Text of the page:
The role of PET/CT for evaluating breast cancer.

Yang SK, Cho N, Moon WK - Korean J Radiol (2007 Sep-Oct)

Multiple distant metastases in a 44-year-old woman with bilateral breast cancer.A. The PET image shows multiple areas of FDG uptake in the thorax and abdomen.B, C. The PET/CT images show high uptake in both breasts (white arrows in B), the mediastinal lymph nodes (black arrows in B) and the visceral organs (arrows in C).
© Copyright Policy - open-access
Related In: Results  -  Collection

License
Show All Figures
getmorefigures.php?uid=PMC2626817&req=5

Figure 5: Multiple distant metastases in a 44-year-old woman with bilateral breast cancer.A. The PET image shows multiple areas of FDG uptake in the thorax and abdomen.B, C. The PET/CT images show high uptake in both breasts (white arrows in B), the mediastinal lymph nodes (black arrows in B) and the visceral organs (arrows in C).
Mentions: Distant metastases from breast cancer are frequently found in the lungs, liver and bones. One advantage of whole-body PET imaging over conventional imaging modalities such as chest films, bone scanning, and abdominal ultrasound is its ability to detect metastasis at different sites and organs during a single examination (Fig. 5). Moon et al. found that whole-body PET imaging had high diagnostic accuracy for patients with suspected recurrent or metastatic breast carcinoma (16). Based on the number of lesions, its sensitivity for detecting distant metastasis was 85% and its specificity was 79%.

Bottom Line: Positron emission tomography combined with computed tomography (PET/CT) has been receiving increasing attention during the recent years for making the diagnosis, for determining the staging and for the follow-up of various malignancies.The PET/CT findings of 58 breast cancer patients (age range: 34-79 years old, mean age: 50 years) were retrospectively compared with the PET or CT scans alone.PET/CT was found to be better than PET or CT alone for detecting small tumors or multiple metastases, for accurately localizing lymph node metastasis and for monitoring the response to chemotherapy in breast cancer patients.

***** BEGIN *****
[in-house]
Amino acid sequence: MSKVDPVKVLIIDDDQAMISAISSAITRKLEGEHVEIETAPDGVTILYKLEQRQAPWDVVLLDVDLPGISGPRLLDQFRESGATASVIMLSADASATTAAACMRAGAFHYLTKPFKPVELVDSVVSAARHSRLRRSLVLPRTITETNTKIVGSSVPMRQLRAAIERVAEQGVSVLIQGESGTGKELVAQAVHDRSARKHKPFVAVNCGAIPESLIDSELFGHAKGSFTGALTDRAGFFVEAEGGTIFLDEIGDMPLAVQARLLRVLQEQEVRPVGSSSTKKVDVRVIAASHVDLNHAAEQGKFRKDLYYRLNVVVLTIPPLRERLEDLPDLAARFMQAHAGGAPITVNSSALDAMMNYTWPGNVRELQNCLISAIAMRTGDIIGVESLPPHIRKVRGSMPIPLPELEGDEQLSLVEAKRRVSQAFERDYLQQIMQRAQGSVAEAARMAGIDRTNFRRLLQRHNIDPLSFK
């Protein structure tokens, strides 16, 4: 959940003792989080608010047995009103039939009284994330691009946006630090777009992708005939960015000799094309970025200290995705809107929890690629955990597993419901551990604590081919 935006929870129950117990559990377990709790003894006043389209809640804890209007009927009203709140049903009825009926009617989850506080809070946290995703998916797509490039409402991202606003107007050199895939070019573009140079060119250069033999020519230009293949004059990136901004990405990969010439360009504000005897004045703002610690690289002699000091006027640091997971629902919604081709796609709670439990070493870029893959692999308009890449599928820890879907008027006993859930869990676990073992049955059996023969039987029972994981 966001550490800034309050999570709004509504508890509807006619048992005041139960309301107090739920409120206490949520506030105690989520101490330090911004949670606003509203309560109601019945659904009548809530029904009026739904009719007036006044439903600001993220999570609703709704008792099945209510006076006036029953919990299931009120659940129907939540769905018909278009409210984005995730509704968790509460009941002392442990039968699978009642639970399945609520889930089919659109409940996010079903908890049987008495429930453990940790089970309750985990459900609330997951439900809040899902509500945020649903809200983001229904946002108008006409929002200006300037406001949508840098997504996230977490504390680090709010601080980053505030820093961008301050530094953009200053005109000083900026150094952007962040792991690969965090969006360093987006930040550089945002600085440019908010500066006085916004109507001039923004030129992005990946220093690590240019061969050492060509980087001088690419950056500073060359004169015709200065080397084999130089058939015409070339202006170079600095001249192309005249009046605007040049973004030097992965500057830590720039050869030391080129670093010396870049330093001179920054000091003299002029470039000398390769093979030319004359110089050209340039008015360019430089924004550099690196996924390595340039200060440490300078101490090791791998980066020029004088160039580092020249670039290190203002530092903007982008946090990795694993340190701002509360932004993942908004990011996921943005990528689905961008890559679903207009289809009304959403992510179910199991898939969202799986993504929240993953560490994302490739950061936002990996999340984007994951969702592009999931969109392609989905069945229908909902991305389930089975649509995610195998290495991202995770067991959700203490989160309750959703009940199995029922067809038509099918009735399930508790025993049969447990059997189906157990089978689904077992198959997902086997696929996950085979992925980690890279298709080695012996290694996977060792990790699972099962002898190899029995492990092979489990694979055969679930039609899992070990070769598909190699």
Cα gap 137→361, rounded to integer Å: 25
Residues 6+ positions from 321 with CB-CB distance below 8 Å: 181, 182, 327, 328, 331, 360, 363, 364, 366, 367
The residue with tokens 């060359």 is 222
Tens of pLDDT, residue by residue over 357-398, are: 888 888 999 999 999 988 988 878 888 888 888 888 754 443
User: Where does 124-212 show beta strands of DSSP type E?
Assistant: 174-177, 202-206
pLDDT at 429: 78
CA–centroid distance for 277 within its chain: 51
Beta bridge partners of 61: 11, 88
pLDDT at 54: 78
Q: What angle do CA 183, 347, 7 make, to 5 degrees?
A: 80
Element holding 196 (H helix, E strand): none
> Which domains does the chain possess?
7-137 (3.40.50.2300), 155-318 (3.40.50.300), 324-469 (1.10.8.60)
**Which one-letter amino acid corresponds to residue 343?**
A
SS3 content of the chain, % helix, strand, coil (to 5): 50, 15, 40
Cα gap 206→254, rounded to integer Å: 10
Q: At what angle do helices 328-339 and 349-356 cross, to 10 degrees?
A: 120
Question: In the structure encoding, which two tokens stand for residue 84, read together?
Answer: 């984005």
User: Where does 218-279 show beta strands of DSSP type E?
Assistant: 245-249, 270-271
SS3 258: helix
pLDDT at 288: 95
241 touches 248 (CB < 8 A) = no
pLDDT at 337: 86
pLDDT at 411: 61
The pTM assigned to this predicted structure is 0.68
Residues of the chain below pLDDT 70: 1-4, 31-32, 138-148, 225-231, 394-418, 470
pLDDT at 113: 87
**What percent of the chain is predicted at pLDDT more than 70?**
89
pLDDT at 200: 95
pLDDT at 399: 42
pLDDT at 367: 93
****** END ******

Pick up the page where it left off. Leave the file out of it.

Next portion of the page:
View Article: PubMed Central - PubMed

Affiliation: Department of Radiology, College of Medicine Seoul National University and The Institute of Radiation Medicine, Seoul National University Medical Research Center, Seoul, Korea.

ABSTRACT
Positron emission tomography combined with computed tomography (PET/CT) has been receiving increasing attention during the recent years for making the diagnosis, for determining the staging and for the follow-up of various malignancies. The PET/CT findings of 58 breast cancer patients (age range: 34-79 years old, mean age: 50 years) were retrospectively compared with the PET or CT scans alone. PET/CT was found to be better than PET or CT alone for detecting small tumors or multiple metastases, for accurately localizing lymph node metastasis and for monitoring the response to chemotherapy in breast cancer patients.

Show MeSH
Related in: MedlinePlus